What do you do when your subordinate asks you a challenging question? The question could be about anything such as career progression advice, educational advancement, family emergencies or Air Force instruction clarification. How do you respond to your subordinate? Do you quickly pass the buck and refer him to the group superintendent, first sergeant, or possibly the career assistance advisor, or do you take the time to find the answers to better assist and mentor your subordinate?
All too often supervisors would rather direct their subordinates to other areas rather than take the initiative to find the answer. A few years ago while working as a flight chief within the communications squadron’s operations flight, I had to mentor one of my technical sergeants on how to not pass the buck. On this particular day, I walked into a section and saw that the technical sergeant was unsure if his Airman was in compliance with AFI 36-2903, Dress and Appearance, because his Airman showed up to a physical training session with athletic shorts under his PT uniform. Just as I walked in the office, the technical sergeant was about to send the Airman to see the first sergeant to verify if the Airman was within standards or not. I couldn’t believe what I was seeing, knowing the Airman was not in compliance with standards. I immediately told the Airman to stay put and then I pulled the technical sergeant into the hallway. My words were very simple, “Stop passing the buck!” I fervently advised him to locate the AFI that governs dress and appearance so he could educate himself and his Airman on how to properly wear the PT uniform.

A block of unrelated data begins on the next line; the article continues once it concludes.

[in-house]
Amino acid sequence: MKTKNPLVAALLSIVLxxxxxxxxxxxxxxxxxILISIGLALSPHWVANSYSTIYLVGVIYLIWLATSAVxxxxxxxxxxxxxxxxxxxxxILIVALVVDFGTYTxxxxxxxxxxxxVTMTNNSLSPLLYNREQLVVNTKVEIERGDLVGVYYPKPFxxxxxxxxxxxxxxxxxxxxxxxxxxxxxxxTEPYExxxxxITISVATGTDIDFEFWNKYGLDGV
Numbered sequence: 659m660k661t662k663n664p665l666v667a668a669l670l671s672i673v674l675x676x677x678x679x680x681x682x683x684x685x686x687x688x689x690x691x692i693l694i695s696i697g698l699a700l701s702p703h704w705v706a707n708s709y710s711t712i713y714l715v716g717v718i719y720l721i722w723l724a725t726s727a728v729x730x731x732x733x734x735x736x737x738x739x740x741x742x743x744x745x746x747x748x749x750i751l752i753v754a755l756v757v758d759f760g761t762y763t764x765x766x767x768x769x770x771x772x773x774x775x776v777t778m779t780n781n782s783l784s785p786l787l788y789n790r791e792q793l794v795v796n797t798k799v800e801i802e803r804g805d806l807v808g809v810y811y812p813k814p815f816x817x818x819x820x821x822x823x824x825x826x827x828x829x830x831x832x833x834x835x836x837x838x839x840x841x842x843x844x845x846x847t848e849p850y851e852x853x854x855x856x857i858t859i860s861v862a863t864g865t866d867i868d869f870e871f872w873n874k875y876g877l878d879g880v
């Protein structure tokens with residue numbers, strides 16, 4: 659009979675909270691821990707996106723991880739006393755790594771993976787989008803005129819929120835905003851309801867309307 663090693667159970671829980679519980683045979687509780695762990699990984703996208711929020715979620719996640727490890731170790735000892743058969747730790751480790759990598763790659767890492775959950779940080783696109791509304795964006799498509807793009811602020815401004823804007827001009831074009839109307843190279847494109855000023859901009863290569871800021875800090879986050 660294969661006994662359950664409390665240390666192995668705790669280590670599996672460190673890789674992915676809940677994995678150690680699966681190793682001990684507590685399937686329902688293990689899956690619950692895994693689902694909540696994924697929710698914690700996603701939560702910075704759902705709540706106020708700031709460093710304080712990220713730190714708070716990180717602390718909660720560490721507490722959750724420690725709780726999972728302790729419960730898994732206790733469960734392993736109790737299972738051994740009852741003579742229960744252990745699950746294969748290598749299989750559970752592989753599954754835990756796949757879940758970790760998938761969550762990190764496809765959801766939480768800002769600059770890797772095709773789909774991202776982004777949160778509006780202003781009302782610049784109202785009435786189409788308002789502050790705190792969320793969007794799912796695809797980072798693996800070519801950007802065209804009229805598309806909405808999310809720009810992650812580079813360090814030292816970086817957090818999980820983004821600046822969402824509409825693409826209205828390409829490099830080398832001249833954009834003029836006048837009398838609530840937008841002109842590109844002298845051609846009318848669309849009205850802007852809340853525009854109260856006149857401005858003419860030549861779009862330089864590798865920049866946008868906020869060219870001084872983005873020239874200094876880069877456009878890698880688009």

AFI 36-2618, The Enlisted Force Structure, instructs supervisors to take an active leadership and supervisory role on a daily basis with the subordinate. An active role means to stay engaged with one’s subordinate and certainly, not pass the buck by delegating one’s active leadership role to someone else. This can include understanding there will be times as a supervisor, when one must refer a subordinate depending on the complexity of the issue. This requires the supervisor to be cognizant of the helping agencies that are available to assist the subordinate.
To all supervisors, be an effective leader and do not pass the buck. Your subordinates are depending on you for leadership and mentorship. Take the time to find the answers and if you need assistance, talk to your leaders. Remember, your subordinates deserve your time.